Peter Leeson has an article on Medieval trial by ordeal that is getting a lot of attention.
Modern observers have roundly condemned ordeals for being cruel and arbitrary. Ordeals seem to reflect everything that was wrong with the Dark Ages. They're an icon of medieval barbarism and backwardness.
But a closer look suggests something very different: The ordeal system worked surprisingly well. It accurately determined who was guilty and who was innocent, sorting genuine criminals from those who had been wrongly accused. Stranger still, the ordeal system suggests that pervasive superstition can be good for society. Medieval legal systems leveraged citizens' superstitious beliefs through ordeals, making it possible to secure criminal justice where it would have otherwise been impossible to do so. Some superstitions, at least, may evolve and persist for a good reason: They help us accomplish goals we couldn't otherwise accomplish, or accomplish them more cheaply.
I guess I agree with the proposition that pervasive shared superstitions allow the populace to be more easily governed, or more rightly, make it easier for rulers to exercise power over the masses through leverage of shared superstition. Whether it improves our well-being is an entirely different matter, but for a certain type of intellectual (I have no idea if Leeson is among them) more government power = well-being. The author cites oath-swearing as a modern superstition that allows us to be governed more easily, but I am not sure that is correct as I think the power of oaths today are driven by peer-pressure and mass response to publicly broken oaths as well as perjury laws. A better example of modern superstitions that allow easier exercise of power include things like global warming catastrophism.
I am not a medievelist, except as a hobby, but I would offer a couple of rebuttals to specific points he makes:
- I think he overstates the cost savings of ordeals. There were prominent folks in the Catholic Church that had doubts about ordeals long before they were banned, and ordeals were typically used as a last result when fact-finding and other methods didn't work. We have to be careful comparing costs. One lord gathering evidence for a few days might be, as a percentage of the government's resources, as costly then as a 1-year OJ trial is today.
- Trials were not broken because they were too costly, they were broken because the law was bad. There was no such thing as a state prosecutor, so all criminal actions were basically private actions, and they tended to have a rough version of loser pays. For example, if one accused his neighbor of a capital offense, and the neighbor was acquitted, then the accuser suffered the punishment - ie death. As a result, the state was left without an effective tool to prosecute crime, and in fact most justice was private justice (ie vengeance of family and friends) and never saw a court, ordeal or other sort.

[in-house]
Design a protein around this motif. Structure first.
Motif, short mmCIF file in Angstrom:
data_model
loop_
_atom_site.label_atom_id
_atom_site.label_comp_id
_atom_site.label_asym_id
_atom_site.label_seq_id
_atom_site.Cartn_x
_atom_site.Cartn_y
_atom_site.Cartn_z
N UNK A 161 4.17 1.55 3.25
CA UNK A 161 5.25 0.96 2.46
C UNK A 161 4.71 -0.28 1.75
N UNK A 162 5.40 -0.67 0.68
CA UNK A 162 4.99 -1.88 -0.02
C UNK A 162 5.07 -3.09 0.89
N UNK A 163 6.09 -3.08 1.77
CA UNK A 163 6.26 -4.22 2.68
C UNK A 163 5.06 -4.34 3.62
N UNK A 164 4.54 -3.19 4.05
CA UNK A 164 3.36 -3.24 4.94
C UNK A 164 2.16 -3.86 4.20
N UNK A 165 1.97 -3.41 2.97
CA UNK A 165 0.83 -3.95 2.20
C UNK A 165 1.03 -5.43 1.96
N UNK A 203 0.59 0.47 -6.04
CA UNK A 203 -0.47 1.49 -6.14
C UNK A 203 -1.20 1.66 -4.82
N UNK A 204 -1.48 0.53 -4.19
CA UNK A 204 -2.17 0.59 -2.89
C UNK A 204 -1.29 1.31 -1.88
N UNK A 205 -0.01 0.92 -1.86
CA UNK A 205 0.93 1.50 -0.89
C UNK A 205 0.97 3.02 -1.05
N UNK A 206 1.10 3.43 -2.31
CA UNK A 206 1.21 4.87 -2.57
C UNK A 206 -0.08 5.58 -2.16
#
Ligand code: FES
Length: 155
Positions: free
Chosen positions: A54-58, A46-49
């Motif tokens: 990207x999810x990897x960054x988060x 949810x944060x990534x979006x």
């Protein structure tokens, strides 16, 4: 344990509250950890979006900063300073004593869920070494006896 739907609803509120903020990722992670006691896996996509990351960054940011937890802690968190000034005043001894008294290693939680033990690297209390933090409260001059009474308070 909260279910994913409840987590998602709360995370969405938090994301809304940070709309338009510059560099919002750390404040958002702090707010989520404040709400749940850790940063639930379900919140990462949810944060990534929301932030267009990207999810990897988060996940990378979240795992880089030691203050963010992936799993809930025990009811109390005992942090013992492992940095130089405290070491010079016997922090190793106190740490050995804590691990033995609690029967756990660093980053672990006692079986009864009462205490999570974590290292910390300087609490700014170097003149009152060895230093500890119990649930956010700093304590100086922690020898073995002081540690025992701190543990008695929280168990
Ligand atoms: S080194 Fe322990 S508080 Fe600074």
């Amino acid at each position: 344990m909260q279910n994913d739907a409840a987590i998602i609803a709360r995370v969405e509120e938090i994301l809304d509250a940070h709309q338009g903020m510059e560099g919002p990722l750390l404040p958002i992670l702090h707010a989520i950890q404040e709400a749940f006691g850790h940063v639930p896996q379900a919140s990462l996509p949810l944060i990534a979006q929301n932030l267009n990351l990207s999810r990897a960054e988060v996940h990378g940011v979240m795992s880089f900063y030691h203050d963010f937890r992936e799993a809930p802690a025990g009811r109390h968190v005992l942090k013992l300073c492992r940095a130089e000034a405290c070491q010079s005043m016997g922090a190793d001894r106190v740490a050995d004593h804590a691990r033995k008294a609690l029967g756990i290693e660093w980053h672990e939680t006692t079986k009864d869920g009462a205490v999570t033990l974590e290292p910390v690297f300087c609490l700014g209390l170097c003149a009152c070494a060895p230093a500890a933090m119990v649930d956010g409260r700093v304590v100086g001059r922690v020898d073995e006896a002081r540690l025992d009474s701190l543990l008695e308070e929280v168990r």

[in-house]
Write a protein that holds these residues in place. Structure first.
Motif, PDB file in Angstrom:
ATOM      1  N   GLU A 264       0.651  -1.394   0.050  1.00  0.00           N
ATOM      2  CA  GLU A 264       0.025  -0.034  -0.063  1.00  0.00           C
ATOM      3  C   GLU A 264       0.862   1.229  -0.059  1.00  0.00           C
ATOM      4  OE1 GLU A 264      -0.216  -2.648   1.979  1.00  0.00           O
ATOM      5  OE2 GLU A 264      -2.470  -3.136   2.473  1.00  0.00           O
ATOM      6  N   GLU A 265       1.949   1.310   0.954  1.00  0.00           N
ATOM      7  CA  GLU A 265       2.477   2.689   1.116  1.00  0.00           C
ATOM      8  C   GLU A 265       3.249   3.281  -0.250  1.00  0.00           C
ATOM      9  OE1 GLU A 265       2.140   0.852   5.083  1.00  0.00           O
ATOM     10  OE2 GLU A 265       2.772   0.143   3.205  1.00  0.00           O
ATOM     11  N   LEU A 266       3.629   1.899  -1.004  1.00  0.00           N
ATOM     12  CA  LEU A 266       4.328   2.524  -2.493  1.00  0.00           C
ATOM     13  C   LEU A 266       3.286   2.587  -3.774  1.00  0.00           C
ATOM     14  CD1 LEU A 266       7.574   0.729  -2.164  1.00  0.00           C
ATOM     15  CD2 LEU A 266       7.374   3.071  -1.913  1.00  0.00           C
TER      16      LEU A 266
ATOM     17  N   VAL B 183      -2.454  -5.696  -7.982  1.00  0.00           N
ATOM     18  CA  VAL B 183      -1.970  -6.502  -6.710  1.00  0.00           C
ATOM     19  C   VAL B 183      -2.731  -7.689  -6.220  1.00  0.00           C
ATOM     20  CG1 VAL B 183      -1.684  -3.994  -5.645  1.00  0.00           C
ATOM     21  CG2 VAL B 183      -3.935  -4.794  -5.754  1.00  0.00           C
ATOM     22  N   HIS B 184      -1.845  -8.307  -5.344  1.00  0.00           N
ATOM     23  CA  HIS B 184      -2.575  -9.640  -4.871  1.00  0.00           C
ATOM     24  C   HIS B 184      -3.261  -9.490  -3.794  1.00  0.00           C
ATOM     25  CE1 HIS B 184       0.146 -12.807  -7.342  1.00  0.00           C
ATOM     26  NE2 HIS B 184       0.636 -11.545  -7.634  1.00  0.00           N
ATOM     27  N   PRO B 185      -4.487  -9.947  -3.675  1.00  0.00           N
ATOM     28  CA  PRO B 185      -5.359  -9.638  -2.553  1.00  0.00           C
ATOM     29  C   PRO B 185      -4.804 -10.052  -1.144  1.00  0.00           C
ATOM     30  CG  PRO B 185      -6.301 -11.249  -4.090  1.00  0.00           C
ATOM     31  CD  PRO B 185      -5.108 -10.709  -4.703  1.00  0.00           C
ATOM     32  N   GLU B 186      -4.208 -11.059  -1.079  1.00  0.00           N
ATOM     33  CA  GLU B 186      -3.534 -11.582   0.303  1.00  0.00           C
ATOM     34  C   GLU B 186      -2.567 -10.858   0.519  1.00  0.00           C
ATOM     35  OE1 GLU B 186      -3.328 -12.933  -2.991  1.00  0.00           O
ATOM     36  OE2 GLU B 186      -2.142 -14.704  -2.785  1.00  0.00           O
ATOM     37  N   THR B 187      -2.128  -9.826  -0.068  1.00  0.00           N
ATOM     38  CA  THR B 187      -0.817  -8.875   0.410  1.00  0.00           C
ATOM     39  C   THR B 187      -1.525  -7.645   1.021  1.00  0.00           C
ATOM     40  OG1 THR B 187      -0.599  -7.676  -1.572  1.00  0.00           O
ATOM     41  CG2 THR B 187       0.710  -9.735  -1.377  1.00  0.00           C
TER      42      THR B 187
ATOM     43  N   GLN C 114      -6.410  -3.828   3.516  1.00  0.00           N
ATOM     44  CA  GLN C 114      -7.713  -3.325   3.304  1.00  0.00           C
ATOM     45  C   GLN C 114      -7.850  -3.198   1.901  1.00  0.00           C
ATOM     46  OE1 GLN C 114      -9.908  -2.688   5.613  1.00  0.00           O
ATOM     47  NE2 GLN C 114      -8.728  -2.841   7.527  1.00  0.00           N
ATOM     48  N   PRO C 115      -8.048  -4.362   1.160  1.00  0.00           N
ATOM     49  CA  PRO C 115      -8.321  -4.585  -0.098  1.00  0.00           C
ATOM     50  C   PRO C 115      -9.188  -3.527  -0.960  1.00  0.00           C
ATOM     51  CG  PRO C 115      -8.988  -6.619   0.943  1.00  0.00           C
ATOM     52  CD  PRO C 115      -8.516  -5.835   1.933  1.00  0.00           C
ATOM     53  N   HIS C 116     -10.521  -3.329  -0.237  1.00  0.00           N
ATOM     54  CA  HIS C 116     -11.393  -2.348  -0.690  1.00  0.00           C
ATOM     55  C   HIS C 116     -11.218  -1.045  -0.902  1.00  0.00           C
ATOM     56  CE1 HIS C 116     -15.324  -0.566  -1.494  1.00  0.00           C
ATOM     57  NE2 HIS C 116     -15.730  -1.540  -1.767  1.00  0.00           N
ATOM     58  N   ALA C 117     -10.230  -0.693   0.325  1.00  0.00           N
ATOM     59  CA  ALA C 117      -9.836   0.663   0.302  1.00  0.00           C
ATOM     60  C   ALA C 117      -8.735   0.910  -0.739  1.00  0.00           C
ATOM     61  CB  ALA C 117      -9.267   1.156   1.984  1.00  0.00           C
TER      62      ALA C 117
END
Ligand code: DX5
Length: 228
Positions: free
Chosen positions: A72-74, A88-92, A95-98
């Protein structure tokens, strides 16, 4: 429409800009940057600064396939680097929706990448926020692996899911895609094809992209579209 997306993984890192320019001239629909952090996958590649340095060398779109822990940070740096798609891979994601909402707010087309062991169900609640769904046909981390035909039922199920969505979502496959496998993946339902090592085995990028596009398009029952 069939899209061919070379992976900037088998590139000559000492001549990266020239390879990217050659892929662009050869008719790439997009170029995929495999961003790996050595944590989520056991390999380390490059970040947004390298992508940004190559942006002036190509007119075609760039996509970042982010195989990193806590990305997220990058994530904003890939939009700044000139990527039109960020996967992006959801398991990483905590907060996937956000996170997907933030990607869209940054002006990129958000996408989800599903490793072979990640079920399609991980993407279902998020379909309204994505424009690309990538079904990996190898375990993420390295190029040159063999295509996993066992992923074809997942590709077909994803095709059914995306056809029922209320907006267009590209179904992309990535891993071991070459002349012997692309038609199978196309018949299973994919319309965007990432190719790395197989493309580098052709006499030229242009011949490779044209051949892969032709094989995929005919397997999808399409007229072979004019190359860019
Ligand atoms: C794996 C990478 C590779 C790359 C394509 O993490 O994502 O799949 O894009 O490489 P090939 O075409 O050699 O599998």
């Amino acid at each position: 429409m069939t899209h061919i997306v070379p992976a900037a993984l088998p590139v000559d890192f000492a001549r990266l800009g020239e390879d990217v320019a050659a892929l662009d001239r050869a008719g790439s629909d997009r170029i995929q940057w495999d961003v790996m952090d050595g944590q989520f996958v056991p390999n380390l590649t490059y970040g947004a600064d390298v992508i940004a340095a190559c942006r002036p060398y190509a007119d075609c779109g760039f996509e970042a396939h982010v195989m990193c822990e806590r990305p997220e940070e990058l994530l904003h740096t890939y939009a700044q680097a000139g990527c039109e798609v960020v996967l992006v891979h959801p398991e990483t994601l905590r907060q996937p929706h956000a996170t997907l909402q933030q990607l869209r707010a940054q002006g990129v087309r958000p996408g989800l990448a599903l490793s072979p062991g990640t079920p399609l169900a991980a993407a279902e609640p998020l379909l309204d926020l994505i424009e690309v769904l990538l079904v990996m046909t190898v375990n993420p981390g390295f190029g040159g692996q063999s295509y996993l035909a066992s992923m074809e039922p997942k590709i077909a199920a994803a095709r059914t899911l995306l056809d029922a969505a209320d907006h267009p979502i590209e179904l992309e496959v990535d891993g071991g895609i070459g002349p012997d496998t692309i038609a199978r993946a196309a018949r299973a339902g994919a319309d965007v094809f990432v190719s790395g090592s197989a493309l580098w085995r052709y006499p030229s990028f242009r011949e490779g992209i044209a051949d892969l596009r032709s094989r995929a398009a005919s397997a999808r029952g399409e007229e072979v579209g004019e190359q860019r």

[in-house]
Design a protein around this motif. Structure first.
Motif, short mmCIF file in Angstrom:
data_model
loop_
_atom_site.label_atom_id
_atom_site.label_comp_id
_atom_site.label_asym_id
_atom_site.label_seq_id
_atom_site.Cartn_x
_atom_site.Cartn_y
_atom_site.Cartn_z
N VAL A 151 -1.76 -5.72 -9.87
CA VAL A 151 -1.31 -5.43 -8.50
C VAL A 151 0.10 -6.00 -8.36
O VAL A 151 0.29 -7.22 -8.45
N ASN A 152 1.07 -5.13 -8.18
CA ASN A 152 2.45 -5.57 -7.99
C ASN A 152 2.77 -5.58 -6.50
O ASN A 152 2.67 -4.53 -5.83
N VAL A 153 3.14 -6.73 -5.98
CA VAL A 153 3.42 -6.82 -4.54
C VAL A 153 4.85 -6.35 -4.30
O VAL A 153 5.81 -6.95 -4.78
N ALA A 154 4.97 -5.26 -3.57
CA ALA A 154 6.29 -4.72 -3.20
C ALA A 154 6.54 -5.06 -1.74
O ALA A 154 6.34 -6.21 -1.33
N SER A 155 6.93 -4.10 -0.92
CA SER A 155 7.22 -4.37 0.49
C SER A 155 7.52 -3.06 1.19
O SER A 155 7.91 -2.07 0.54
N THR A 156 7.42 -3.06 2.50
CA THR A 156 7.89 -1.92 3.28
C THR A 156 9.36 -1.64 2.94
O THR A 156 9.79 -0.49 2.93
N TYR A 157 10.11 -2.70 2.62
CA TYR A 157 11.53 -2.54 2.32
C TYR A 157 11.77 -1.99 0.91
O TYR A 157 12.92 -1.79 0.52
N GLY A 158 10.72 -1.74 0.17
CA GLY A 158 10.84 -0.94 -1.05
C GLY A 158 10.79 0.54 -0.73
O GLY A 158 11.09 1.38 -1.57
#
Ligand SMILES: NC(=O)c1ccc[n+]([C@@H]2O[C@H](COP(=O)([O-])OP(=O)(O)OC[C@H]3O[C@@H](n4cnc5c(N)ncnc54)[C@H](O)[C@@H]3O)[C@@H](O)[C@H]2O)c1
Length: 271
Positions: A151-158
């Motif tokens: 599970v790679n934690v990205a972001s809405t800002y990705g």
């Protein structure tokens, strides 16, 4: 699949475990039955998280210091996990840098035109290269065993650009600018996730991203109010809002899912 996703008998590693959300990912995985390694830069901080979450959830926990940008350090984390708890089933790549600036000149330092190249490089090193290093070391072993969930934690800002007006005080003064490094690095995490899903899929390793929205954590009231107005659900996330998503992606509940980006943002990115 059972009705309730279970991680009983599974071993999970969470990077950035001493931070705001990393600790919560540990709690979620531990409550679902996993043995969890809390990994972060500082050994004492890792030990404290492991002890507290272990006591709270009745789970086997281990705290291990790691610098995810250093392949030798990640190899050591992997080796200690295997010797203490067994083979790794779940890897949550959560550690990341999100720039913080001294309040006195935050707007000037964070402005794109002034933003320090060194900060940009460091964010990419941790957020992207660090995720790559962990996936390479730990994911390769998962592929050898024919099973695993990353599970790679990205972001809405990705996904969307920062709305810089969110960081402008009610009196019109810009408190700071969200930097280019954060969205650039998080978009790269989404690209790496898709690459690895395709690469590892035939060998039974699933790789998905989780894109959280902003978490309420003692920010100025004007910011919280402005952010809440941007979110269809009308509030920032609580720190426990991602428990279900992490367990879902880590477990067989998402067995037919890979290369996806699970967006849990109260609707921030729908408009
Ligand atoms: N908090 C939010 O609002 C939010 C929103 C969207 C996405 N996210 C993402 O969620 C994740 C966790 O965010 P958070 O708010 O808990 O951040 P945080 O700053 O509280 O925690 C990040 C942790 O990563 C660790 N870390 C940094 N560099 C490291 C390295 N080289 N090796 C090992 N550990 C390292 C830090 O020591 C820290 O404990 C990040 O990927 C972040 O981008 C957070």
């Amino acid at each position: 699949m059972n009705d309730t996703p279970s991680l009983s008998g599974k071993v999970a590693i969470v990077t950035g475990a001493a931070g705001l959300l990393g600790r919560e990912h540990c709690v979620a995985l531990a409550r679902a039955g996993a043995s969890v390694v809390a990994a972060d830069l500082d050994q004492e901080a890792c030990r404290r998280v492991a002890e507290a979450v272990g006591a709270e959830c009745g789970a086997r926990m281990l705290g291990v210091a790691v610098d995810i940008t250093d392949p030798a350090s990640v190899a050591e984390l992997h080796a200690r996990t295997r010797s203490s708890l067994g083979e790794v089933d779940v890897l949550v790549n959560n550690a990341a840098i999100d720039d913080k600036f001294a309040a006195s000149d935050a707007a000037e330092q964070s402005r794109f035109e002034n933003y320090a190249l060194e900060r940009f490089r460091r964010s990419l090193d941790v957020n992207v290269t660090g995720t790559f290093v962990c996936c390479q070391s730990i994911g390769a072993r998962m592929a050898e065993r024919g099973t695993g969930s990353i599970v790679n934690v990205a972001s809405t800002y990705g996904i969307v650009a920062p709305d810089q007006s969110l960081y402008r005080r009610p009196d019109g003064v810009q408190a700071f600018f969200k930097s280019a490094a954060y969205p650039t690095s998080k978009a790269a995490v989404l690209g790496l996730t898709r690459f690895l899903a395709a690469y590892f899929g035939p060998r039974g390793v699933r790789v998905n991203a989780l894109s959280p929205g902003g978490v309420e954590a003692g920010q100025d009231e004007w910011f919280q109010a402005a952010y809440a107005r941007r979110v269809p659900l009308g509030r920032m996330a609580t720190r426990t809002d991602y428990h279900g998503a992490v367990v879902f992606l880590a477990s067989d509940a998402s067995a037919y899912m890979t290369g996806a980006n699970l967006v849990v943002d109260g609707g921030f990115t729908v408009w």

- I had a great Medievalist professor at Princeton that I am totally blanking on his name right now [update: William Jordan, now apparently department head at Princeton]. He used to argue, I think compellingly, that all ordeals had an element of discretion. Sure, you had to grab the rock in the boiling water, but the real test was that your wounds would be bound and then several days later inspected by the clergy to see if it was festering or not. This is obviously a judgment call, and thus 1. gave the priests the power to be the effective jury for these actions and 2. gave the priests a substantial amount of power (as well as money, since they made good coin charging for ordeals). [update: A better summary of Leeson's work says that Leeson is arguing the same thing. See here]
Update: Intriguingly, from a review of Jordan's book "the Great Famine," a story I also discuss in my climate videos
The early 1300s must have seemed like the end of the world to the unfortunate inhabitants of Europe: brutally severe winters gave way to lightning storms and torrential, crop-destroying rains in spring, followed by cold summers and then bitter winters again. "The whole world was troubled," wrote one Austrian chronicler; yet that was only the beginning. Princeton University historian William Chester Jordan reconstructs the terrible decades when climatological change led to famine, disease, rampant inflation, and social breakdown across the European continent, a time when every prayer for relief was met by even crueler turns of fate.
Damn those 14th century oil companies!